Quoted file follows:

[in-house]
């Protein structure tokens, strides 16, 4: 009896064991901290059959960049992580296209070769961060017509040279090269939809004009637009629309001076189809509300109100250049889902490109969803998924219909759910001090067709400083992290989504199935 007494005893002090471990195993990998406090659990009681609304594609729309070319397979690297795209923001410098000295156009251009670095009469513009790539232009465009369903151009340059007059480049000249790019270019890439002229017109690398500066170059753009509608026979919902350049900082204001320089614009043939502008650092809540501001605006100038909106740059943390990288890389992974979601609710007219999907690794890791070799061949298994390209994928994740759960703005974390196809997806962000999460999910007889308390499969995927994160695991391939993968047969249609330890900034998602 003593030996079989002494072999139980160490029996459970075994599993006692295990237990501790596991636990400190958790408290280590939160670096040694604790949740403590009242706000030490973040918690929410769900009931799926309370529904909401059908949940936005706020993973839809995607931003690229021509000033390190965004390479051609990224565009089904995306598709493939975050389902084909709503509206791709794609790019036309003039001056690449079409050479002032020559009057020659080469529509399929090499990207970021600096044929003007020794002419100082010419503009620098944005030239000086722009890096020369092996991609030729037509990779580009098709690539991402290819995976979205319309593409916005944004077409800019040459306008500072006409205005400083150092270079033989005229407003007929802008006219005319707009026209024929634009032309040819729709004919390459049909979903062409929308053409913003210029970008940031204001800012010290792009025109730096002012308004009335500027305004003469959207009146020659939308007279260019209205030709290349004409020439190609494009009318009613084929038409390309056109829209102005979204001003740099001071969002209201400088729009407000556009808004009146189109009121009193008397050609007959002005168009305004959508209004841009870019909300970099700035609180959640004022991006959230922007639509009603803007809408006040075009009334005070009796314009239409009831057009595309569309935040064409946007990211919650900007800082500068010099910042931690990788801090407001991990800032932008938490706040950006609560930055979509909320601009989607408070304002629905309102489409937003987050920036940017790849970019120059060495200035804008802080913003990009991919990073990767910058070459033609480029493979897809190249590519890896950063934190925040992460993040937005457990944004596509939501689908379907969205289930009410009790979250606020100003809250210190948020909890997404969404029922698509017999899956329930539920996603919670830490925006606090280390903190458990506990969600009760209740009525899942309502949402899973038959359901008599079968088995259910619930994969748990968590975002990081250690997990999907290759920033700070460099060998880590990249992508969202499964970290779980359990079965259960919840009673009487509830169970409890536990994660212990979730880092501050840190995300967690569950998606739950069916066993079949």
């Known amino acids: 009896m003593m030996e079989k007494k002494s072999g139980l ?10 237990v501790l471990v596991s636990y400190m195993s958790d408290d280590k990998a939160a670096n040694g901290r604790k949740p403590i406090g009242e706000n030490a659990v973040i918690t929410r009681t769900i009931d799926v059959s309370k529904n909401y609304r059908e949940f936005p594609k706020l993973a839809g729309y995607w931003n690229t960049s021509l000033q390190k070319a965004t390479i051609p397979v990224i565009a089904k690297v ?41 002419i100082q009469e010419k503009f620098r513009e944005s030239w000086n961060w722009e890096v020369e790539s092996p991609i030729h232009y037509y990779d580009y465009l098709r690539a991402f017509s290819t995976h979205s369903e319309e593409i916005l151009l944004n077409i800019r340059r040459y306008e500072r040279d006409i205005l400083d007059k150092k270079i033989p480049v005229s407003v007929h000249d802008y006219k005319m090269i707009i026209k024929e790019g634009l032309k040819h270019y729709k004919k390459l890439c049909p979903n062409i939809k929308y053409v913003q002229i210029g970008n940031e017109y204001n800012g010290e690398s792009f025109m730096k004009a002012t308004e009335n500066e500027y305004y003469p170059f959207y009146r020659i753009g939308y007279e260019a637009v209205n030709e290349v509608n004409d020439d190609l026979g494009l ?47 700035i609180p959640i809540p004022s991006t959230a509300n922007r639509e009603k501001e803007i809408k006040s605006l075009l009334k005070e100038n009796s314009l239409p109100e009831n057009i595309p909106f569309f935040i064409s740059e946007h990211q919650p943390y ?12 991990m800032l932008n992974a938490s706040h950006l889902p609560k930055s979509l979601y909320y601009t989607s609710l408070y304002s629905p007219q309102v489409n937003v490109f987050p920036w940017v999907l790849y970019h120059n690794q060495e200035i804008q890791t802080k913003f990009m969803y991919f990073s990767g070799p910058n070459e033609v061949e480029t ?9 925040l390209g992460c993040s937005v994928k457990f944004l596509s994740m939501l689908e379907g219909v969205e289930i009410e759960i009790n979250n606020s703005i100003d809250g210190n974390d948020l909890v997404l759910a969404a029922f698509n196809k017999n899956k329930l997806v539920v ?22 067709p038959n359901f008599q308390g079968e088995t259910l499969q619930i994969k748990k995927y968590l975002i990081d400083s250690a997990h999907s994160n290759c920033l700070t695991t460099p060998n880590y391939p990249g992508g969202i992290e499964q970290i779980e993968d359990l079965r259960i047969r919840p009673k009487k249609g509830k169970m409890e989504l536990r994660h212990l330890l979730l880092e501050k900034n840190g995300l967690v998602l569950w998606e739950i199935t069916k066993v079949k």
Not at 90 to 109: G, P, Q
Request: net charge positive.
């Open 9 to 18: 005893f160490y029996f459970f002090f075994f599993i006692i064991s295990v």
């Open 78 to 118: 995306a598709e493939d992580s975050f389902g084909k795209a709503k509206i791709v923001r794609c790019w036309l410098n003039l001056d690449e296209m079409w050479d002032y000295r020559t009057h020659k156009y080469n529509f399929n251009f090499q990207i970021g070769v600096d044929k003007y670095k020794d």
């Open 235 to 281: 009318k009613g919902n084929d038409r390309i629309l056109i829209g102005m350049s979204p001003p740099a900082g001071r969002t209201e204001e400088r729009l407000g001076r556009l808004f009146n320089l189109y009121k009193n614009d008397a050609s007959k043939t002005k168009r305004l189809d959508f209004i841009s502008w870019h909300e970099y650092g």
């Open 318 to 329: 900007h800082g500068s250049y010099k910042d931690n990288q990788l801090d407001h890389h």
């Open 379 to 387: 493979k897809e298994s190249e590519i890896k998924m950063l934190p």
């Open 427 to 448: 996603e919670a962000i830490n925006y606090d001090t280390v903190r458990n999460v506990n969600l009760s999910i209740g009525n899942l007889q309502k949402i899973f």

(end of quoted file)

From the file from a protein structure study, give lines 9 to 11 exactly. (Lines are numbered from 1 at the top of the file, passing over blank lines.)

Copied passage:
């Open 318 to 329: 900007h800082g500068s250049y010099k910042d931690n990288q990788l801090d407001h890389h």
């Open 379 to 387: 493979k897809e298994s190249e590519i890896k998924m950063l934190p």
């Open 427 to 448: 996603e919670a962000i830490n925006y606090d001090t280390v903190r458990n999460v506990n969600l009760s999910i209740g009525n899942l007889q309502k949402i899973f």